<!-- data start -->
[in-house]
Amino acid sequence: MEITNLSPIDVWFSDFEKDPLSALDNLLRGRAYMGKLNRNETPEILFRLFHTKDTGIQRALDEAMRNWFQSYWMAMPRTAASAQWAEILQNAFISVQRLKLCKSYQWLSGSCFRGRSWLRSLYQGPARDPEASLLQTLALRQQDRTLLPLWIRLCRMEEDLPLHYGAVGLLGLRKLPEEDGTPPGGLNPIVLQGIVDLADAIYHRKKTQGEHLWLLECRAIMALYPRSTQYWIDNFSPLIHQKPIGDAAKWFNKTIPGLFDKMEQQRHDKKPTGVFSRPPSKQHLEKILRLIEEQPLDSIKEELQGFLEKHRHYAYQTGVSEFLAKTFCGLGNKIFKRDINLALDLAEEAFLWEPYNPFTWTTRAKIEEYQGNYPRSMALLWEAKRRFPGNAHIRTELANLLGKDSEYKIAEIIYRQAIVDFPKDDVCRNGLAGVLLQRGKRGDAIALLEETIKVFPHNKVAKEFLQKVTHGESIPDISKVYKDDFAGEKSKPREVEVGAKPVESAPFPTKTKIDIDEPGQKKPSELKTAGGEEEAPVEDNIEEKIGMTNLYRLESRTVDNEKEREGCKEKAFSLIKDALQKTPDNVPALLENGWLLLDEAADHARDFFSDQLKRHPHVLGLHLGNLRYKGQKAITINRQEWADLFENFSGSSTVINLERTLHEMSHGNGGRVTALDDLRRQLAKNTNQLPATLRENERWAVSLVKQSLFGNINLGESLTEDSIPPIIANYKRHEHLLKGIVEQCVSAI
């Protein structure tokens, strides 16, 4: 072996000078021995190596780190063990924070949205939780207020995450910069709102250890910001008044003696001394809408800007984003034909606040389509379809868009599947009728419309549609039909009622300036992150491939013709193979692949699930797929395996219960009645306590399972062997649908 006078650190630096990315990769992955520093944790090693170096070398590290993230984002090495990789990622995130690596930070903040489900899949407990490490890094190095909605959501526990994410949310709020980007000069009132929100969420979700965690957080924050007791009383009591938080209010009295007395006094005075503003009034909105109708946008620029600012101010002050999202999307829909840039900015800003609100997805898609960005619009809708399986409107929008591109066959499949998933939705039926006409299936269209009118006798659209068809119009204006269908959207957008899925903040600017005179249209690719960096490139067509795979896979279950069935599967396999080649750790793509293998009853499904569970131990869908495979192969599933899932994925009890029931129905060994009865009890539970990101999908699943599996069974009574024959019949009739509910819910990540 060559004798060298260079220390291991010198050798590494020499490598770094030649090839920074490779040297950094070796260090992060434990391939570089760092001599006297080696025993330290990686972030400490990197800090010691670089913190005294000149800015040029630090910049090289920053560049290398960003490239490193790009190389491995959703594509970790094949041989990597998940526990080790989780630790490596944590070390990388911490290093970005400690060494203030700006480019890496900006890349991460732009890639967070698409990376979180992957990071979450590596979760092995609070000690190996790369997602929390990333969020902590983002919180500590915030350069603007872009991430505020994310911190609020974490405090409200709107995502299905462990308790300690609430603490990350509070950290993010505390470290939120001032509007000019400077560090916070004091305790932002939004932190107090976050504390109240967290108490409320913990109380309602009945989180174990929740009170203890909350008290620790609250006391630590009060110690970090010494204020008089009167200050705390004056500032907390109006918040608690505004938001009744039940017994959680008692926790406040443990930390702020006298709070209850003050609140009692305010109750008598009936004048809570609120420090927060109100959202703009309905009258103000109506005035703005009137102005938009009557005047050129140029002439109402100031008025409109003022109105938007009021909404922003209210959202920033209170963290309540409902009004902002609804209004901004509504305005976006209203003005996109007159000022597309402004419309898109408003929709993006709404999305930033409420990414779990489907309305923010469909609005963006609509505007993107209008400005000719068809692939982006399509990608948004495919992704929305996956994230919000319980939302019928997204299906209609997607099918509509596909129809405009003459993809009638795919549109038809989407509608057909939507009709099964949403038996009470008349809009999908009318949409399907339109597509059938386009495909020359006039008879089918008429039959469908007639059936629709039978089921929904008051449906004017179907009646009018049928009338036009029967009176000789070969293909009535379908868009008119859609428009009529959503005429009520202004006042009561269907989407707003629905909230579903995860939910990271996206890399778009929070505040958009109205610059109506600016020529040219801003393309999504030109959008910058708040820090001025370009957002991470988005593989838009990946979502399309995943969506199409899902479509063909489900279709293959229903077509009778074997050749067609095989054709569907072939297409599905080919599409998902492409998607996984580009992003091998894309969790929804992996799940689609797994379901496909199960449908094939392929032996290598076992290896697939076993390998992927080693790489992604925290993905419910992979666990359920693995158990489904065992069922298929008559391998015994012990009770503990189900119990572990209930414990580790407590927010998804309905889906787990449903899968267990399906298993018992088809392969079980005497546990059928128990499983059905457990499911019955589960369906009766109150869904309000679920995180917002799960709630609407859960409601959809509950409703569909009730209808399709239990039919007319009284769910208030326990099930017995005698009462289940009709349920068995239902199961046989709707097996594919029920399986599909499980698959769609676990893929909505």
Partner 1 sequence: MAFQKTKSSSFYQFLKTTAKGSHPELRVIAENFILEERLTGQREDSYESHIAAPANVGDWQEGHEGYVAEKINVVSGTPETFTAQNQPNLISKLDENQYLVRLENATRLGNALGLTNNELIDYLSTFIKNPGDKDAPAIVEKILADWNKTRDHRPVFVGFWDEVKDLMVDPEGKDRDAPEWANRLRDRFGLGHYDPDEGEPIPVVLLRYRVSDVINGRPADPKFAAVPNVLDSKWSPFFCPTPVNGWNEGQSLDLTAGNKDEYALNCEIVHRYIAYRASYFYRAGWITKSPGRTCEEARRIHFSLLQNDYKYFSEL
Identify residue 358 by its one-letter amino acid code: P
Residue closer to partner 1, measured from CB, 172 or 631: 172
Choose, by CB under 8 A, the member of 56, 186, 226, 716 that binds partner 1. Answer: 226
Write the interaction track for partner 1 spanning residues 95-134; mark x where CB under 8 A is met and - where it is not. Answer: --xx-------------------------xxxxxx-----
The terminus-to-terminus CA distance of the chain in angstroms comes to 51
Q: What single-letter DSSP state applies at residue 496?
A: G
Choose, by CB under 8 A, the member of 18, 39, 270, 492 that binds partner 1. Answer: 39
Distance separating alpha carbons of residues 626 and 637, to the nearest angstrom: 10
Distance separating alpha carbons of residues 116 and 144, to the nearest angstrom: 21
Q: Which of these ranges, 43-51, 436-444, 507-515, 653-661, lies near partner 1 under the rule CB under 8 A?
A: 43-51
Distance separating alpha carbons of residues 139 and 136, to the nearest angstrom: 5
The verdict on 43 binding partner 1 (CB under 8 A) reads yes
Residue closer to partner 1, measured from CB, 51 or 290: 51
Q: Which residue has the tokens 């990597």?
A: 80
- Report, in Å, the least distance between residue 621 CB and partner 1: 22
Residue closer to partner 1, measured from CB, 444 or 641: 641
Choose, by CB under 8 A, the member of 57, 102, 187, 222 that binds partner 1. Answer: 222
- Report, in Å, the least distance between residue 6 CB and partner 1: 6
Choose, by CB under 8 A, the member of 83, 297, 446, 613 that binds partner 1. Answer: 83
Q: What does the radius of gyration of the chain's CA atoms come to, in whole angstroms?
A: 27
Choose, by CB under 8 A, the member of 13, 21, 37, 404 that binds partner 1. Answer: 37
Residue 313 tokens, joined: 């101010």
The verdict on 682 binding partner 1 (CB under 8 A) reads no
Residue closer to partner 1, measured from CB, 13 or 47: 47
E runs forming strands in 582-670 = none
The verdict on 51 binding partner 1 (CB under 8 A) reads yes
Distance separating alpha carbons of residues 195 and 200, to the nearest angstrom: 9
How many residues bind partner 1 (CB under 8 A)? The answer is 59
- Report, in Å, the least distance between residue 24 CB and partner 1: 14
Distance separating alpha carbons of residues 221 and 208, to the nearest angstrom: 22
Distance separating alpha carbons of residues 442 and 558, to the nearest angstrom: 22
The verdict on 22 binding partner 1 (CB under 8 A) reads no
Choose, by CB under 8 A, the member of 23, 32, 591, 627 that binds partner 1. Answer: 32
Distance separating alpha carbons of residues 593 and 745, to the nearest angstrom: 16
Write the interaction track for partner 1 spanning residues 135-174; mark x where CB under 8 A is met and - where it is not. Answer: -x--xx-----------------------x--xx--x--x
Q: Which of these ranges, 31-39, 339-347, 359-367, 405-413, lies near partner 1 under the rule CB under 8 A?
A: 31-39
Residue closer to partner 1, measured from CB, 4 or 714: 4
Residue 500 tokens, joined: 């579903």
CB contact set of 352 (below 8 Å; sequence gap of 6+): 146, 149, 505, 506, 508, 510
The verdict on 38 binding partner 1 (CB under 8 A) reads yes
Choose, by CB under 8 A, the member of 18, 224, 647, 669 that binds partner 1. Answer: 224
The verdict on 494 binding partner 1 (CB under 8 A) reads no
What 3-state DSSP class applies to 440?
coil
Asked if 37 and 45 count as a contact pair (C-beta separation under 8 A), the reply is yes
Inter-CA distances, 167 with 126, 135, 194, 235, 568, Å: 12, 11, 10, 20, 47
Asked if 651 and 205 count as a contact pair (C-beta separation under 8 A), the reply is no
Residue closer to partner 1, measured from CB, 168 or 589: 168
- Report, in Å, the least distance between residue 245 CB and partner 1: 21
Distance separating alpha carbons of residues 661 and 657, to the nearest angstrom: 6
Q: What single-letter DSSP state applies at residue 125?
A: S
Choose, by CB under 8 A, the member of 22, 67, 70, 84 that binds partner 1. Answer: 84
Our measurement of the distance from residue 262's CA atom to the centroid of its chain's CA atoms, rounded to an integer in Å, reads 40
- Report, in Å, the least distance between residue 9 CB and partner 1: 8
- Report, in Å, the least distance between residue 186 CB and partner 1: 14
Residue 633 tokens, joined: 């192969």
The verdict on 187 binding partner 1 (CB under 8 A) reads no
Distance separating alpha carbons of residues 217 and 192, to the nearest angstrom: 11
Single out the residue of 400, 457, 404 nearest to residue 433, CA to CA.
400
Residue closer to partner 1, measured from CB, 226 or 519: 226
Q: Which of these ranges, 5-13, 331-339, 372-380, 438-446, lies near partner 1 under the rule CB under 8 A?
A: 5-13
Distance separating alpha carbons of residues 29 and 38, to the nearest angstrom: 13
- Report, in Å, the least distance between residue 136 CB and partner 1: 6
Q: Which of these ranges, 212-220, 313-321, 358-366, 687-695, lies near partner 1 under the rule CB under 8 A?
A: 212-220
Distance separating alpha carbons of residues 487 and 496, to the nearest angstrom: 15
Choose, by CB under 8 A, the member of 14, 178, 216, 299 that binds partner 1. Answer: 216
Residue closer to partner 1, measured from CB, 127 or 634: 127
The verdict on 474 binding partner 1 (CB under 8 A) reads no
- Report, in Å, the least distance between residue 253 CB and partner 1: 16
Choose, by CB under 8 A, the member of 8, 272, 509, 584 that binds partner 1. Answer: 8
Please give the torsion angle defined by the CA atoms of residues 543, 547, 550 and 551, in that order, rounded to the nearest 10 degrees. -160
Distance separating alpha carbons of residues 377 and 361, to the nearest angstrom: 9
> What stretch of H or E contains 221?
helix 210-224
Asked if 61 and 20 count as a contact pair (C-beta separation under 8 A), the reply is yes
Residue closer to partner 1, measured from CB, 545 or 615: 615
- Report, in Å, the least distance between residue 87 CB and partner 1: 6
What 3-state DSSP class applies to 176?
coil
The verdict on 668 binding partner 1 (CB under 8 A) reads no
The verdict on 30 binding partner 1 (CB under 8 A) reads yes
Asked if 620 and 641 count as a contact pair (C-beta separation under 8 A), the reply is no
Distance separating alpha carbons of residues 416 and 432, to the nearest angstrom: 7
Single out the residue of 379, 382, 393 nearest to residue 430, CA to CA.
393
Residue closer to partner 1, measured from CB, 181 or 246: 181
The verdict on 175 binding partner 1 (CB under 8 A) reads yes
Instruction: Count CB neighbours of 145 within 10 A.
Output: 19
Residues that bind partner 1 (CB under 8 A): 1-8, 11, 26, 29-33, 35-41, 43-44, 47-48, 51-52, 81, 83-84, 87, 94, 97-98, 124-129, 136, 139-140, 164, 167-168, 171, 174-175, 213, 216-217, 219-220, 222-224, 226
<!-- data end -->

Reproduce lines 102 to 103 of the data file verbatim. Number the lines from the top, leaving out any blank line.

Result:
Output: 19
Residues that bind partner 1 (CB under 8 A): 1-8, 11, 26, 29-33, 35-41, 43-44, 47-48, 51-52, 81, 83-84, 87, 94, 97-98, 124-129, 136, 139-140, 164, 167-168, 171, 174-175, 213, 216-217, 219-220, 222-224, 226